Florida shooting suspect had history of mental illness, court records show

New details are emerging about the suspected gunman behind America's latest mass shooting

Chris Riotta
New York
Monday 27 August 2018 22:06 BST
David Katz, 24, has been named as the suspect in a mass shooting at a video game tournament in Jacksonville, Florida, that left two people dead and ten other injured
David Katz, 24, has been named as the suspect in a mass shooting at a video game tournament in Jacksonville, Florida, that left two people dead and ten other injured

The suspected gunman behind America’s latest mass shooting had a history of mental illness and was prescribed anti-psychotic medicine, court records revealed.

Divorce filings from the parents of 24-year-old David Katz say that, as a teenager, the Baltimore resident was twice hospitalised in psychiatric facilities and that he was prescribed anti-psychotic and anti-depressant medications.

The records showed Mr Katz's parents disagreed deeply on how to care for their troubled son. Mr Katz's father claimed his estranged wife was exaggerating symptoms of mental illness as part of the couple’s long-running and acrimonious custody battle. They divorced in 2007.

The divorce records were first obtained by the Associated Press and published on Monday, one day after Mr Katz allegedly killed two people and wounded ten others before fatally shooting himself at the "Madden NFL 19" tournament in Jacksonville.

The news about Mr Katz's supposed mental health issues arrived as other developments came to light surrounding the shooting — including reports from Florida officials that video gamers were allegedly targeted in the attack.

Jacksonville Sheriff Mike Williams said during a news conference Monday that video surveillance of the shooting showed Mr Katz walking past other patrons at a pizzeria before heading to a back room where the tournament was being hosted and opening fire.

Gunshots and screaming heard during Madden NFL livestream

The wounded victims are all expected to recover, according to Mr Williams. The sheriff also said Mr Katz carried two guns during the shooting, but appeared to have only fired one.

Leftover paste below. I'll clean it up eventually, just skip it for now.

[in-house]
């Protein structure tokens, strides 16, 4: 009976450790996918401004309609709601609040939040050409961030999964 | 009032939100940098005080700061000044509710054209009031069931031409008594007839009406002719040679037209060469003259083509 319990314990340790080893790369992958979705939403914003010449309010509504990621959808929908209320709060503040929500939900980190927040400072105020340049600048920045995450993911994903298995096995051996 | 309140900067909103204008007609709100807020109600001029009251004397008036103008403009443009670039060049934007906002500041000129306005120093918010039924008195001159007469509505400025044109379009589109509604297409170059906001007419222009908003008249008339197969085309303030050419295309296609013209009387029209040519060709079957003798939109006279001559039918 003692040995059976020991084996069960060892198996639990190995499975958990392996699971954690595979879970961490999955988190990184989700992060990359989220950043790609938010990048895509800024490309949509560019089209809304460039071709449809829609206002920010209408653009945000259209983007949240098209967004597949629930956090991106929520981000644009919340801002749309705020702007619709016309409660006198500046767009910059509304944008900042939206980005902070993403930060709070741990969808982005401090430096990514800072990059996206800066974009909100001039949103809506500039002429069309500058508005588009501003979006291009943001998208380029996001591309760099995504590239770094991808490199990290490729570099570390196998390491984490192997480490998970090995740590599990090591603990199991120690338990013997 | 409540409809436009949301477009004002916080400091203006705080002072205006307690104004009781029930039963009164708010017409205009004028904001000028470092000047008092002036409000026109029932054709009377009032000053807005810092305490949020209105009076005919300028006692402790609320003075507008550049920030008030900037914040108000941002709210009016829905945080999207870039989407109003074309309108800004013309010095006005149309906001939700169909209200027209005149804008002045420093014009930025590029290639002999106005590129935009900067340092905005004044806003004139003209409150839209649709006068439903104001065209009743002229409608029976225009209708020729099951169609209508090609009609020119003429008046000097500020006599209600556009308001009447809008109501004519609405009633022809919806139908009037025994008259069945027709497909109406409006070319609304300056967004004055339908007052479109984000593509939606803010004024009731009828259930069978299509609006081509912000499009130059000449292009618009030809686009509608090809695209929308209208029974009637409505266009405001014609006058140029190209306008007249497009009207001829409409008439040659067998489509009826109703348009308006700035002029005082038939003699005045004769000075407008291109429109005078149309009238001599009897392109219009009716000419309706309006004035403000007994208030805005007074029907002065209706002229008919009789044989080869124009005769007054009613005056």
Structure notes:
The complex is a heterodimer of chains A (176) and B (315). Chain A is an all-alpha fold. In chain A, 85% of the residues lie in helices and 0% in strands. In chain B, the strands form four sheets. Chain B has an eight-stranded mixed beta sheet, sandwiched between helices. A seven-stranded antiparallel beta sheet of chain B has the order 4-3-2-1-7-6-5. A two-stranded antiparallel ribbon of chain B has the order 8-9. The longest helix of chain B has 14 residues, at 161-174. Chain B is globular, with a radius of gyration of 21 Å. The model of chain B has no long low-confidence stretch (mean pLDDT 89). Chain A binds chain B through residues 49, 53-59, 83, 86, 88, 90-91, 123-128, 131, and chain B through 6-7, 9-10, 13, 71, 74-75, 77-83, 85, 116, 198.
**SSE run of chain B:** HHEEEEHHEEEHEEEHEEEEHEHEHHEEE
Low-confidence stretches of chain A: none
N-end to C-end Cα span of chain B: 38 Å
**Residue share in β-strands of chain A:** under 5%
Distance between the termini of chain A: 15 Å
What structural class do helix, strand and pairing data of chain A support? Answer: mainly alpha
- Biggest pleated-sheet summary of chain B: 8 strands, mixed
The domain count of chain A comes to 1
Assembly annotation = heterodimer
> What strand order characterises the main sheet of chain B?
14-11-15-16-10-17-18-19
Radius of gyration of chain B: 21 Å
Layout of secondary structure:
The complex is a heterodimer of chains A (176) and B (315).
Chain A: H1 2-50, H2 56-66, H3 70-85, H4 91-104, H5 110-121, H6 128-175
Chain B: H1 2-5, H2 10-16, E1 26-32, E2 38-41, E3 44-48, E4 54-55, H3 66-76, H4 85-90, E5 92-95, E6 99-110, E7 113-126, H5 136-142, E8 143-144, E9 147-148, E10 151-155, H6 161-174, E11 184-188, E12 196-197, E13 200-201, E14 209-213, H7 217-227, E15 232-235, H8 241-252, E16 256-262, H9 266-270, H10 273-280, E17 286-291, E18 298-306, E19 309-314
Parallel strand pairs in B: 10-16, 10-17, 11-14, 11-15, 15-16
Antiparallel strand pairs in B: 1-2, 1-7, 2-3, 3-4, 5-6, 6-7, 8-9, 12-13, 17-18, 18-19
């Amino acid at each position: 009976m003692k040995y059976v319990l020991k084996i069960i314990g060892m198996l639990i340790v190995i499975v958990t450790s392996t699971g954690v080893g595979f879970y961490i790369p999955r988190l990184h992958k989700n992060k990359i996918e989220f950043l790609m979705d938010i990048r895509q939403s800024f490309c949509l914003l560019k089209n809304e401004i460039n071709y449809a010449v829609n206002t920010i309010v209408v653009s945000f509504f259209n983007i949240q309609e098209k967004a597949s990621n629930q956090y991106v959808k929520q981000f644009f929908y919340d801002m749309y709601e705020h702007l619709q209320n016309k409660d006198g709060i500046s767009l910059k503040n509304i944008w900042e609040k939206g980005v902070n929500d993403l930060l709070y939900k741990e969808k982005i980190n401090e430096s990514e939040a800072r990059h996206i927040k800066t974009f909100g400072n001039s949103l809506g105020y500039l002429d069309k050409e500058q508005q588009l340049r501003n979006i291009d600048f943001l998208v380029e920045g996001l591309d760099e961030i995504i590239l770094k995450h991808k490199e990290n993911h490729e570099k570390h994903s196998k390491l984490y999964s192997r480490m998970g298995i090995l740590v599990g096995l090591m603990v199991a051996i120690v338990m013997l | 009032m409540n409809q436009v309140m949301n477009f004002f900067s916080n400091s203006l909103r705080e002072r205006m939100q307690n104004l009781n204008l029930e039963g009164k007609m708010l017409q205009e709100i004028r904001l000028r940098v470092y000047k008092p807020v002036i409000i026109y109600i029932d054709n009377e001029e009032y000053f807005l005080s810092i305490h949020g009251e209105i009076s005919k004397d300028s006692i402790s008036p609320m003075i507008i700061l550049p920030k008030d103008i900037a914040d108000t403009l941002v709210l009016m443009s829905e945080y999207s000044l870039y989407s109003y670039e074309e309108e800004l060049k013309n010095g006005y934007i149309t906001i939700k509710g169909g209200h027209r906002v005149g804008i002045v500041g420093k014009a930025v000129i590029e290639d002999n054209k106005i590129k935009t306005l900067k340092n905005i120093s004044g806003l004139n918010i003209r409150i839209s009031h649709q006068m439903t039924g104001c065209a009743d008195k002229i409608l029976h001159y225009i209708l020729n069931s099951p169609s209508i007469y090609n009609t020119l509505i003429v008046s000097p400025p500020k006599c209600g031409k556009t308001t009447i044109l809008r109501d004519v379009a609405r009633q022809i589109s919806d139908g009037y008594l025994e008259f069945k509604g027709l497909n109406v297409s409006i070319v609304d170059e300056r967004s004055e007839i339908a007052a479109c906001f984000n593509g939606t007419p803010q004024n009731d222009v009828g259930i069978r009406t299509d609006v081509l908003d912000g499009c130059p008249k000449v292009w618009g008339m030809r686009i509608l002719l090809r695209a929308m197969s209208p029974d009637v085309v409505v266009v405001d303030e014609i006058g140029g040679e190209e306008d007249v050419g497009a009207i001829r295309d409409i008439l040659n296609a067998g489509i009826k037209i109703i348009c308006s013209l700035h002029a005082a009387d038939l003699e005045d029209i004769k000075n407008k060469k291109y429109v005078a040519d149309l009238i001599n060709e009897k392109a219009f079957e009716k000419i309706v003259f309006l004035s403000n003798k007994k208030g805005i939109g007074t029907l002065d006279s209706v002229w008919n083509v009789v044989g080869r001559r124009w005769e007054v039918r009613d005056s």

Investigators said the guns were purchased legally in Baltimore from a licensed dealer.

Still, numerous questions remain as to how Mr Katz allegedly acquired a gun, and why he chose the gaming event in Florida as his target.

The Jacksonville Sheriff’s Office, which did not immediately respond to a request for comment, has not provided a motive for the shooting.

Prior to this weekend, Mr Katz was known by several fellow video gamers as quiet and somewhat odd.

Shay Kivlen was the best friend of one of the gamers who was killed in Sunday’s shooting.

He told the Associated Press that Mr Katz didn't talk much with fellow gamers, either online or when they met face-to-face for Madden tournaments. He said much of what he and others knew of Mr Katz, they learned from his baffling style of playing the game.

Mr Kivlen said Mr Katz was smart, “but something was off about him".

He said Mr Katz wasn't known to trash talk with rivals. But after winning a championship last year, Mr Kivlen said Mr Katz "got up and let out the weirdest scream ever".

Mr Kivlen was at his Jacksonville hotel when the shooting happened Sunday.

Additional reporting by AP

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